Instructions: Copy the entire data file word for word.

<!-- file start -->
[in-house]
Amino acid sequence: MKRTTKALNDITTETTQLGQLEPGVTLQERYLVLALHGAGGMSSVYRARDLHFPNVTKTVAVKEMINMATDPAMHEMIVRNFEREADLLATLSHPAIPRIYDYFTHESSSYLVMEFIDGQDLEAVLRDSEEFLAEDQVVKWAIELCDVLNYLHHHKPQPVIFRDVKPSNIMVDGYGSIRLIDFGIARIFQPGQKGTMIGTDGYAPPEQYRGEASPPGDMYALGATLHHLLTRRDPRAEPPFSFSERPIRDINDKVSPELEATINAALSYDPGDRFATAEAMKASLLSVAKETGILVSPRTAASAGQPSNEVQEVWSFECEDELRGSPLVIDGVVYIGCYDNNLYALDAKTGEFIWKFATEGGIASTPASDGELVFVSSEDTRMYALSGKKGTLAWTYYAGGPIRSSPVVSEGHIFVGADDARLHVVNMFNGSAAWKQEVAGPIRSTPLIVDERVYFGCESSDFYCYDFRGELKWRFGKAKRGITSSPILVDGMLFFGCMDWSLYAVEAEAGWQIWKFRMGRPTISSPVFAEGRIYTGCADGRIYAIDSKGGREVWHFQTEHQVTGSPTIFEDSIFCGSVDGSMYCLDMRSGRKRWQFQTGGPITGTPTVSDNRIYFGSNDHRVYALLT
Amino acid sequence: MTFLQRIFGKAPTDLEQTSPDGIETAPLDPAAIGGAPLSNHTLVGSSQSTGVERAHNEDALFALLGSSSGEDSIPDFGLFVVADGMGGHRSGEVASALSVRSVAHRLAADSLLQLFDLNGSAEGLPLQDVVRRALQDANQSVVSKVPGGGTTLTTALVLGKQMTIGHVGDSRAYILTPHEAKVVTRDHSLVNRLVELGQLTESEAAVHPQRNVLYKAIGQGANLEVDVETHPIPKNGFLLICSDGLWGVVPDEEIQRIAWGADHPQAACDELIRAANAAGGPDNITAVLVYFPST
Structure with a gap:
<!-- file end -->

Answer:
[in-house]
Amino acid sequence: MKRTTKALNDITTETTQLGQLEPGVTLQERYLVLALHGAGGMSSVYRARDLHFPNVTKTVAVKEMINMATDPAMHEMIVRNFEREADLLATLSHPAIPRIYDYFTHESSSYLVMEFIDGQDLEAVLRDSEEFLAEDQVVKWAIELCDVLNYLHHHKPQPVIFRDVKPSNIMVDGYGSIRLIDFGIARIFQPGQKGTMIGTDGYAPPEQYRGEASPPGDMYALGATLHHLLTRRDPRAEPPFSFSERPIRDINDKVSPELEATINAALSYDPGDRFATAEAMKASLLSVAKETGILVSPRTAASAGQPSNEVQEVWSFECEDELRGSPLVIDGVVYIGCYDNNLYALDAKTGEFIWKFATEGGIASTPASDGELVFVSSEDTRMYALSGKKGTLAWTYYAGGPIRSSPVVSEGHIFVGADDARLHVVNMFNGSAAWKQEVAGPIRSTPLIVDERVYFGCESSDFYCYDFRGELKWRFGKAKRGITSSPILVDGMLFFGCMDWSLYAVEAEAGWQIWKFRMGRPTISSPVFAEGRIYTGCADGRIYAIDSKGGREVWHFQTEHQVTGSPTIFEDSIFCGSVDGSMYCLDMRSGRKRWQFQTGGPITGTPTVSDNRIYFGSNDHRVYALLT
Amino acid sequence: MTFLQRIFGKAPTDLEQTSPDGIETAPLDPAAIGGAPLSNHTLVGSSQSTGVERAHNEDALFALLGSSSGEDSIPDFGLFVVADGMGGHRSGEVASALSVRSVAHRLAADSLLQLFDLNGSAEGLPLQDVVRRALQDANQSVVSKVPGGGTTLTTALVLGKQMTIGHVGDSRAYILTPHEAKVVTRDHSLVNRLVELGQLTESEAAVHPQRNVLYKAIGQGANLEVDVETHPIPKNGFLLICSDGLWGVVPDEEIQRIAWGADHPQAACDELIRAANAAGGPDNITAVLVYFPST
Structure with a gap: